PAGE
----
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16 of 17 people found the following review helpful By A Customer on August 5, 2001
Format: DVD Verified Purchase
I delayed ordering this movie for a year because of all the comments about the bad soundtrack. Don't let those concerns deprive you of seeing this classic. I can't speak for the VHS versions, but the sound on the DVD version was not nearly as bad as I was led to expect. Hi-fi it is definitely not. Yes, it's extremely tinny-sounding -- at times sounding like an old 78 rpm disc. And briefly, once or twice, there was rattle like a bad speaker cone at a drive-in theater. The tinniness was very noticeable for the first five minutes. But after that, you quickly adjust to it and soon forget about the sound quality. What had frightened me away from buying it was not the tinniness but rather the fear that the sound would be mushy or fuzzy -- something you'd never adjust to. But there was none of that. The sound was crisp enough that I was able to follow every word of dialog with no trouble at all. Yes, a fully restored sound track would make it even better. But until then, relax and enjoy!
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12 of 12 people found the following review helpful By Thomas A. Lennhoff on May 28, 2012
Format: Blu-ray Verified Purchase
Many of the reviews I read about this April, 2012 Blu-Ray/DVD combo release were positive regarding the restoration; however, at least one review was negative.
I've been an Amazon purchaser for 10+ years and have bought every DVD of this movie hoping to get a decent copy. Until now, my best copy was from Critic's Choice - their DVD copy is far from perfect. Since I have yet to purchase a Blu-Ray player, I've only experienced the DVD disk from this set. I'm amazed at how clear the film is from start to finish - this is the video set to own! The only negatives are that the sound, although improved, could be a tad cleaner (perhaps I need a better sound system) and there are slightly faded right and left boarders of some of the frames that were shot in darkness (night scenes): to me these are minor issues. I now can relax and enjoy this movie as I've always wanted to. I sincerely appreciate HD Cinema Classics and those who restored this film for their wonderful work.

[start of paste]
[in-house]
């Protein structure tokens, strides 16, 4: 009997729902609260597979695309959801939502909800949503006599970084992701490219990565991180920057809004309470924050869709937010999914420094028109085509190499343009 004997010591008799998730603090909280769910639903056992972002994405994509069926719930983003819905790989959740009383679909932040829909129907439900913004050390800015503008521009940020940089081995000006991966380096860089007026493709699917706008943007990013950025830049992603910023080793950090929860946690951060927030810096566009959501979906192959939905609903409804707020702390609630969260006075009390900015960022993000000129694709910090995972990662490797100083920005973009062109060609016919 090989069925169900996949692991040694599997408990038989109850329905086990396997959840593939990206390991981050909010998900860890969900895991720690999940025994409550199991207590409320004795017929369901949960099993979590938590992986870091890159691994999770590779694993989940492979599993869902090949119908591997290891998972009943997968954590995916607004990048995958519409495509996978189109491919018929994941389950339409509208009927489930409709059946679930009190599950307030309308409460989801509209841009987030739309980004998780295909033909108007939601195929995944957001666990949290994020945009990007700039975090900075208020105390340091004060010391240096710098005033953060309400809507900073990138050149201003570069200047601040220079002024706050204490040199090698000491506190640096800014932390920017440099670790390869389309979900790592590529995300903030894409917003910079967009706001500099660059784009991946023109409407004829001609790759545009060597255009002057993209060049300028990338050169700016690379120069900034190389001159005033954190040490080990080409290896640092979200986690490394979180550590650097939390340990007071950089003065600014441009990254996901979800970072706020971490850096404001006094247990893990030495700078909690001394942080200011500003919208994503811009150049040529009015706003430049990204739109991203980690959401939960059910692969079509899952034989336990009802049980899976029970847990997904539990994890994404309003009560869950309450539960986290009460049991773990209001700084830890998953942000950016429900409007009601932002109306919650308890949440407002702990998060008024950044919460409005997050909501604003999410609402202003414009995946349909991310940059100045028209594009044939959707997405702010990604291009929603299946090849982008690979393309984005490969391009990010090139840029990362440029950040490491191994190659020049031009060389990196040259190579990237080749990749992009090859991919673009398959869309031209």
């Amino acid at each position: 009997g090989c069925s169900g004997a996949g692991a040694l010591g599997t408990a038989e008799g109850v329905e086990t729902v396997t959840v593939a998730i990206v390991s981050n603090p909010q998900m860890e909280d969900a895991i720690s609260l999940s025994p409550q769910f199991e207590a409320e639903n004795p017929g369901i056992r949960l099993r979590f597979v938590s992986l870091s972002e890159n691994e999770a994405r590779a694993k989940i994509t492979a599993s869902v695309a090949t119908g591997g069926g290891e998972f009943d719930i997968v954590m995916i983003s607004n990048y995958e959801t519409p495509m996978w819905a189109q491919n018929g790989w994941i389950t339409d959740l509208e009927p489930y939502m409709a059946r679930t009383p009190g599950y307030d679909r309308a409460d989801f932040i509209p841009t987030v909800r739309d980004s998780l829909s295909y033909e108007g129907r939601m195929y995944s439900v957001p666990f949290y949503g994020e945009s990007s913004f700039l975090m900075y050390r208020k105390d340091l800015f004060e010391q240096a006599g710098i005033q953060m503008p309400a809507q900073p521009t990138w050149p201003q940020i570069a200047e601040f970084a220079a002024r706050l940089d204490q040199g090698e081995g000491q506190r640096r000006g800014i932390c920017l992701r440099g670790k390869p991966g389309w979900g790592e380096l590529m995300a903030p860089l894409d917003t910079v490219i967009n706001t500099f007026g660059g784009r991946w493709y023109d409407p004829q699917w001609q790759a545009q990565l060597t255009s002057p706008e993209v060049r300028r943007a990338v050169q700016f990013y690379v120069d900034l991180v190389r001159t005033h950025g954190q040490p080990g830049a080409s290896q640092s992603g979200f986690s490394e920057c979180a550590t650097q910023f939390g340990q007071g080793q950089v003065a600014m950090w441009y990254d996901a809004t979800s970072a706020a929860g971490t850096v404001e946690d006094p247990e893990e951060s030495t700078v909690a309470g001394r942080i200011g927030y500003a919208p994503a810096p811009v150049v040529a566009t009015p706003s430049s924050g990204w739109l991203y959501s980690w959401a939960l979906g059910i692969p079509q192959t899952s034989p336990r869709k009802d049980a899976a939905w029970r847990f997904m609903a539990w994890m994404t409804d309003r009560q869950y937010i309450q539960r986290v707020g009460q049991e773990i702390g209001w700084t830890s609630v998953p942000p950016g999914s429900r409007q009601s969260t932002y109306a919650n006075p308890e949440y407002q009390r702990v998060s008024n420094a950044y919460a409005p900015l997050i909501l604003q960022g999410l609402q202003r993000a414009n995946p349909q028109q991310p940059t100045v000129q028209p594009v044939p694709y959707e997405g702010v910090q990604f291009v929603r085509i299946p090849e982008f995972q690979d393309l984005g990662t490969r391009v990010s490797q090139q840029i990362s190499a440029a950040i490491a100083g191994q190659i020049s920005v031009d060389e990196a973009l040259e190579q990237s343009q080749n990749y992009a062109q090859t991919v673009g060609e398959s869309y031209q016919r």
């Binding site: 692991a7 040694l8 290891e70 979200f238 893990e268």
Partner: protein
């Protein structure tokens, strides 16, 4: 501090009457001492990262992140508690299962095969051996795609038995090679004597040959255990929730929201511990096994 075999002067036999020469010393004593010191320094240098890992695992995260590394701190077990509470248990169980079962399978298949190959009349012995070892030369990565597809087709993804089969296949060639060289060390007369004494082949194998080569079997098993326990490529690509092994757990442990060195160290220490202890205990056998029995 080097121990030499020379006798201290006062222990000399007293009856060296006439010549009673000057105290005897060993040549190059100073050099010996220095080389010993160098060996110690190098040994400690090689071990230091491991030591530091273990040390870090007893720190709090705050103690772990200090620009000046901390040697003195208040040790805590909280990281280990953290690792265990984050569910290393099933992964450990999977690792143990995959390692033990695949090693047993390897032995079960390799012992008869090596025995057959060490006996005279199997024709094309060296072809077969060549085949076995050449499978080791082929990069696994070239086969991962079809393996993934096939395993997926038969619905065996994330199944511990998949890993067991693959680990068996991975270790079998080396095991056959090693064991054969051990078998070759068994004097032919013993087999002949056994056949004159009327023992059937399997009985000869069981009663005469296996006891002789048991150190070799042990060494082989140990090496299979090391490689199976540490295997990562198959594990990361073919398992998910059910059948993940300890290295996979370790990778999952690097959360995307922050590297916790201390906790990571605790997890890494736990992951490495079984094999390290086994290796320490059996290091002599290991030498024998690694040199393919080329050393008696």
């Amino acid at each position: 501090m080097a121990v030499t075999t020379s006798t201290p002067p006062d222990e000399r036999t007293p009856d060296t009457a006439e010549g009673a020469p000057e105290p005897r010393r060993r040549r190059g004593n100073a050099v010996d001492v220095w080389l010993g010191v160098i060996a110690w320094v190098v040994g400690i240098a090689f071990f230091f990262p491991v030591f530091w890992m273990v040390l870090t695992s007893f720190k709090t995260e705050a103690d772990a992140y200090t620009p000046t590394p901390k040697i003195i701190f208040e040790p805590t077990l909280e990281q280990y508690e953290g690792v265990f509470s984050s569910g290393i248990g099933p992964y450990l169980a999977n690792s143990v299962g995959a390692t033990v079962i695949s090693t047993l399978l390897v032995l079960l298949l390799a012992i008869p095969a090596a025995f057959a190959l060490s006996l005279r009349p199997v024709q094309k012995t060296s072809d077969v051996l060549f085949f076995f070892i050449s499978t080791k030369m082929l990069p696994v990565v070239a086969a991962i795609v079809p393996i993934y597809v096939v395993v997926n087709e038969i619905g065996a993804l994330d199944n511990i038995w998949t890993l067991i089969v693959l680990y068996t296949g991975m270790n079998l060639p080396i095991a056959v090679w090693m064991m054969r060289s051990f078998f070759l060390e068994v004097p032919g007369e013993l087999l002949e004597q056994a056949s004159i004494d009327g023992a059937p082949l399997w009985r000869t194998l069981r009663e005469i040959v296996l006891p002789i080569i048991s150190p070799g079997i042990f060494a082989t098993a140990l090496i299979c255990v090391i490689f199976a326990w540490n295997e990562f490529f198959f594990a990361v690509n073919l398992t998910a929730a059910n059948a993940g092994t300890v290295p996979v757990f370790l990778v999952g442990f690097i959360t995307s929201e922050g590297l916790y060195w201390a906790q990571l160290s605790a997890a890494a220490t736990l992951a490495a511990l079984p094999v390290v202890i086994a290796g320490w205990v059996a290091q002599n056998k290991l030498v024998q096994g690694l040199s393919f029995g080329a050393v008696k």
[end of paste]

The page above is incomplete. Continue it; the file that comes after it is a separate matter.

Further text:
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26 of 30 people found the following review helpful By Bindy Sue Frønkünschtein TOP 1000 REVIEWER on June 19, 2003
Format: DVD
Edward G. Robinson is fantastic as the man with the dark secret, in this excellent thriller! I bought it expecting to be either bored or amused. Instead, I was pleasantly surprised! The Red House is actually pretty creepy. Robinson plays a farmer who is not what he appears to be. There's a red house in the woods where something terrible happened many years earlier. His daughter (Arlene Roberts), and his sister (the magnificent Judith "Mrs. Danvers" Anderson) live with him. A boy comes to help out on the farm and the web of mystery slowly unravels. I highly recommend this for anyone who loves thrillers, chillers, or just plain good movies...